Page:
Legal battles to follow VictoryLand raid, casino lawsuit - WBRC FOX6 News - Birmingham, AL

Legal battles to follow VictoryLand raid, casino lawsuit

Attorney General Luther Strange ordered a raid on VictoryLand in Macon County on Tuesday. Source: WBRC video Attorney General Luther Strange ordered a raid on VictoryLand in Macon County on Tuesday. Source: WBRC video
Joe Espy, attorney for VictoryLand owner Milton McGregor. Source: WBRC video Joe Espy, attorney for VictoryLand owner Milton McGregor. Source: WBRC video
Montgomery attorney Al Agricola. Montgomery attorney Al Agricola.

A pair of court battles are brewing over recent moves made by Alabama Attorney General Luther Strange.

Tuesday, Strange called for a raid on VictoryLand in Macon County over electronic bingo machines. Strange also filed suit in Elmore County against the Poarch Creek Band of Indians to stop their casino gaming operation.

The raid on VictoryLand was authorized by a search warrant, one that VictoryLand owner Milton McGregor's attorney calls flawed.

"There has been a failure of the attorney general to follow the rule of law. The attorney general has set a dangerous precedent," attorney Joe Espy said.

The warrant was issued by Alabama Circuit Judge Tom Young. At the bottom of the warrant, Young wrote he rejected the warrant a month earlier because of the lack of evidence to support it.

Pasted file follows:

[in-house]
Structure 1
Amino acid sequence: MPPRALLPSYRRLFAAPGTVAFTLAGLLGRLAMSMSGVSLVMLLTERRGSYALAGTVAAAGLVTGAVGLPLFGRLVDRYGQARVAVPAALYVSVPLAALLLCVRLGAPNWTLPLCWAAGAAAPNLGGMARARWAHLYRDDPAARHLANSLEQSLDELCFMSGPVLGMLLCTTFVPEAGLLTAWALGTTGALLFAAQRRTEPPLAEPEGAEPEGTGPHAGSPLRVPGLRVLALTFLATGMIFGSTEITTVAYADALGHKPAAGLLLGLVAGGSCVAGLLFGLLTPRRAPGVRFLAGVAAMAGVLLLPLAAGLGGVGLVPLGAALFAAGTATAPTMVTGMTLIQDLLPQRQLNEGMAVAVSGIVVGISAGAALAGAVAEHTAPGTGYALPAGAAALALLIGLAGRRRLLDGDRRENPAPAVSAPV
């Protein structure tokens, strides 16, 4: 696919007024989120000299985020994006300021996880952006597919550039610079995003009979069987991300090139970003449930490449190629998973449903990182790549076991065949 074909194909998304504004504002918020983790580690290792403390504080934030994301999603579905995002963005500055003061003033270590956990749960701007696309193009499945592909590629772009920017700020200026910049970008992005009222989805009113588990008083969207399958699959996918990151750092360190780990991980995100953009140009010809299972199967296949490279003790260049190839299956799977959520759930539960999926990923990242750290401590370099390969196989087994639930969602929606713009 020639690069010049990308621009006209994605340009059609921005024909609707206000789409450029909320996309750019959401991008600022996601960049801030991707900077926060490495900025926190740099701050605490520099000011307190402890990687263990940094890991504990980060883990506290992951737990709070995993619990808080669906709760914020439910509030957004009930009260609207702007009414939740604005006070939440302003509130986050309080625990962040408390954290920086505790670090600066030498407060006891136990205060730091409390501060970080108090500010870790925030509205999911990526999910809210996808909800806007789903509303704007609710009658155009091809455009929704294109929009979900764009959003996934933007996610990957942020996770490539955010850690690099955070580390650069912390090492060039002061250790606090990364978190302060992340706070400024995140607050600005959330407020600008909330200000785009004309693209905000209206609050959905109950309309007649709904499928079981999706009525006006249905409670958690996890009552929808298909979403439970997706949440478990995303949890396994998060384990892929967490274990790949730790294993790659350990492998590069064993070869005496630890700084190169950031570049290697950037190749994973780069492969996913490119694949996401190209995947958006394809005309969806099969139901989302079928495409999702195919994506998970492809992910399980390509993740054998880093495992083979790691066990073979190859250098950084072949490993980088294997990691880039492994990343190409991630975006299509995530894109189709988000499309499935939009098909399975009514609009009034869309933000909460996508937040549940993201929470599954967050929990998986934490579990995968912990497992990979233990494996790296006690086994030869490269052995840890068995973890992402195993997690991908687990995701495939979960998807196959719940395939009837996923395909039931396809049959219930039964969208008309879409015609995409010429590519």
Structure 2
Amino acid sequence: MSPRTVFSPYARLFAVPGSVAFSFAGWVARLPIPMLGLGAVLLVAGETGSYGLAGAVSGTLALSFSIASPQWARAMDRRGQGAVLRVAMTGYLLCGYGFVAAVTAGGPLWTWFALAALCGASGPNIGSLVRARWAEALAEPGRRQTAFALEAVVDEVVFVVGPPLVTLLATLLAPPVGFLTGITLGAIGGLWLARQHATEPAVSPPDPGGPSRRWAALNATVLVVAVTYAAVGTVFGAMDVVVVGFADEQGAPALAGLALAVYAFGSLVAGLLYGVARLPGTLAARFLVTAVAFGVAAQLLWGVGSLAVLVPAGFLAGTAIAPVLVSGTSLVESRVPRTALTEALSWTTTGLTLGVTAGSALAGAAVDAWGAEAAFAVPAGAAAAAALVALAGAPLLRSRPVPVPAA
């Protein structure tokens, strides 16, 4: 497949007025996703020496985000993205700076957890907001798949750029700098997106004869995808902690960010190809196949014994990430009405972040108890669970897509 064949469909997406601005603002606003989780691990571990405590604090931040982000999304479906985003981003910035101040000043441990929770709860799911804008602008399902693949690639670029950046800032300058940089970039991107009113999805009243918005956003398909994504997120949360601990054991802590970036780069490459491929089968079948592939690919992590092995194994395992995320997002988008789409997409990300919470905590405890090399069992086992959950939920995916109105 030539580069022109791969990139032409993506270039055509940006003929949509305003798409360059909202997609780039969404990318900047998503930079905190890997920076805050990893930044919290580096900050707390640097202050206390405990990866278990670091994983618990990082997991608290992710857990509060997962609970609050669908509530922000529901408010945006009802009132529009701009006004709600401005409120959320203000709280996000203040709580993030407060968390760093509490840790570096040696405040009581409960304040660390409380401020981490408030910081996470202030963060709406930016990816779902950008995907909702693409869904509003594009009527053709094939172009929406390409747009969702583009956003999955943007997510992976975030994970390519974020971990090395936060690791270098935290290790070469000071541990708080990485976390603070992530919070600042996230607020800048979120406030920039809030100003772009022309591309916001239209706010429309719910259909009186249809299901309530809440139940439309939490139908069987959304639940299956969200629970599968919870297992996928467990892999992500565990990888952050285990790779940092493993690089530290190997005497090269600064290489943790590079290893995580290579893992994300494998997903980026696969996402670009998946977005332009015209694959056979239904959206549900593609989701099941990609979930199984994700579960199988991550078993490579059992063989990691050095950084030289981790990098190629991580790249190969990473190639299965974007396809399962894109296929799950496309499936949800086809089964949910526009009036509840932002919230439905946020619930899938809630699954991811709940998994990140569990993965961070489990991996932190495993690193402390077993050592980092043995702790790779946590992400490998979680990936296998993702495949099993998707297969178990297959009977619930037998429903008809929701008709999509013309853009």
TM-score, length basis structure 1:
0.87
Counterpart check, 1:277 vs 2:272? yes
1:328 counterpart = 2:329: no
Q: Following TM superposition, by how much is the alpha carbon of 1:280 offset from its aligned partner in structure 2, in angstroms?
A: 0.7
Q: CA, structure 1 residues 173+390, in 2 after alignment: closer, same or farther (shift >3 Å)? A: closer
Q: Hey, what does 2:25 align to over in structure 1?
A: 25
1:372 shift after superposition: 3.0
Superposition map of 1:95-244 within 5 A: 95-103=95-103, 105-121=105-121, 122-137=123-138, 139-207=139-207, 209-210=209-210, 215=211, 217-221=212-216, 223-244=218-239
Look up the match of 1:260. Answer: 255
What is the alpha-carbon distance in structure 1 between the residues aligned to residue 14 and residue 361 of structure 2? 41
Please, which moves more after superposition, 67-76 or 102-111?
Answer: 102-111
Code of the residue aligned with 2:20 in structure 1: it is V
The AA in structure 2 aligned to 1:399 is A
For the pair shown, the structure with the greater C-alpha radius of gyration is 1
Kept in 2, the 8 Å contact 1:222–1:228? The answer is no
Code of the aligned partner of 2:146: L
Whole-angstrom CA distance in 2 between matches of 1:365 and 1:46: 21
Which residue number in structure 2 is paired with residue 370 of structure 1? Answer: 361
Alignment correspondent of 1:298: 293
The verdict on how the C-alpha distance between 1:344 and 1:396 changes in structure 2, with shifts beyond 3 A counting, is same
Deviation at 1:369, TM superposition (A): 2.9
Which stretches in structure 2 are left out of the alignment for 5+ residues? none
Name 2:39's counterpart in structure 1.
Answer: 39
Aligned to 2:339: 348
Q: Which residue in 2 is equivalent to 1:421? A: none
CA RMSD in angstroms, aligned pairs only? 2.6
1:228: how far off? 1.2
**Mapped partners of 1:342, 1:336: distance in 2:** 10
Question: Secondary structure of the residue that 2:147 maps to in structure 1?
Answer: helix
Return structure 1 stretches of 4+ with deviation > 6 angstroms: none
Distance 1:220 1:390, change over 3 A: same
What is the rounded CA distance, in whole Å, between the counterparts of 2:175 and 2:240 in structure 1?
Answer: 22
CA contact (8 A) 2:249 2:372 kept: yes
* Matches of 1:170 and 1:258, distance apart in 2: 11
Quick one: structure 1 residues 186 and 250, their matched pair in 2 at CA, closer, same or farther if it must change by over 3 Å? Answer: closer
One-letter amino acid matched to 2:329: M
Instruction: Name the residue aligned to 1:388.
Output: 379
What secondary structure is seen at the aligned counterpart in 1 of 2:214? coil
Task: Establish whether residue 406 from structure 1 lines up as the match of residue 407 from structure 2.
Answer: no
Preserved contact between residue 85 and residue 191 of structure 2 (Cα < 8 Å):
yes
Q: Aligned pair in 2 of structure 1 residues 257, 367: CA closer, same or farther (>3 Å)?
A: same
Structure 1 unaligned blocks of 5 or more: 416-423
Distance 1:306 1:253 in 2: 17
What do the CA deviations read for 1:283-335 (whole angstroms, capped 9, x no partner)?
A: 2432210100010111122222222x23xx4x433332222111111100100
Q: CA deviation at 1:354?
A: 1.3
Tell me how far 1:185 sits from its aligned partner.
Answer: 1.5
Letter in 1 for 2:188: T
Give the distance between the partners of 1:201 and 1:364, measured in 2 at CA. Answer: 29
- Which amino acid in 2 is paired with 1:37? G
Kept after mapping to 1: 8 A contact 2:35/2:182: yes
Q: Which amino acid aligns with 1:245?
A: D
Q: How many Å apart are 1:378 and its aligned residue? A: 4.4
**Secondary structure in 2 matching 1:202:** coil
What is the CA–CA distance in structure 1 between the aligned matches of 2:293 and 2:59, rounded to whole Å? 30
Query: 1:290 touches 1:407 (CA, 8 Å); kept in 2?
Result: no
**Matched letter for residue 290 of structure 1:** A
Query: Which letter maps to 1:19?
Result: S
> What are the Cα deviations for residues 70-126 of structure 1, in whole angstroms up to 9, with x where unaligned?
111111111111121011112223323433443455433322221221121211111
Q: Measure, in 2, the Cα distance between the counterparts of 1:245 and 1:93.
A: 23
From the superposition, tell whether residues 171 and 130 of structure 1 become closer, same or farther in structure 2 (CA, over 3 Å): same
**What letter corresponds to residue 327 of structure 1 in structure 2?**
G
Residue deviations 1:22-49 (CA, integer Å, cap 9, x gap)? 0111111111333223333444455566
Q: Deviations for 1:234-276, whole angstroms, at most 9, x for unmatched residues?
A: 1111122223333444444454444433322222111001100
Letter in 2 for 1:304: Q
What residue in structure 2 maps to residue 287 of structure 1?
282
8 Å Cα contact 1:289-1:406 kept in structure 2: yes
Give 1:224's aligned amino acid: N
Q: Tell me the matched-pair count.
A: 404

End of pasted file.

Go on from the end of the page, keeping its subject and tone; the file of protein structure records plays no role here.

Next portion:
The Alabama Court of Criminal Appeals agreed with Judge Young. But Strange appealed to the Alabama Supreme Court, which eventually ordered Young to issue the warrant.

A clerk with the Alabama Supreme Court says it was a unanimous decision of all nine justices to order Judge Young to issue the search warrant.

"That is a very unusual thing for a court to do, particularly in the context of the issuance of a search warrant," Al Agricola, a Montgomery attorney said.

Agricola is experienced in arguing constitutional issues. Agricola expects that McGregor's attorneys will raise legal questions about the raid.

"The judge's writing invites a review of the decision of whether probable cause is established by the facts that were presented in the warrant application," Agricola said.

Espy agrees. "There is not probable cause to issue a search warrant. This improper, according to the judge," Espy said.

Agricola believes the fact that the Alabama Supreme Court has already agreed there was enough evidence to support the search warrant bodes well for Strange.

As for the lawsuit against the Poarch Creek Band of Indians, Agricola said gaming is prohibited by the Indian Gambling Regulatory Act if it's not allowed by a state.

Agricola adds there may be legal battle over jurisdiction if the case should be in a state or federal court.

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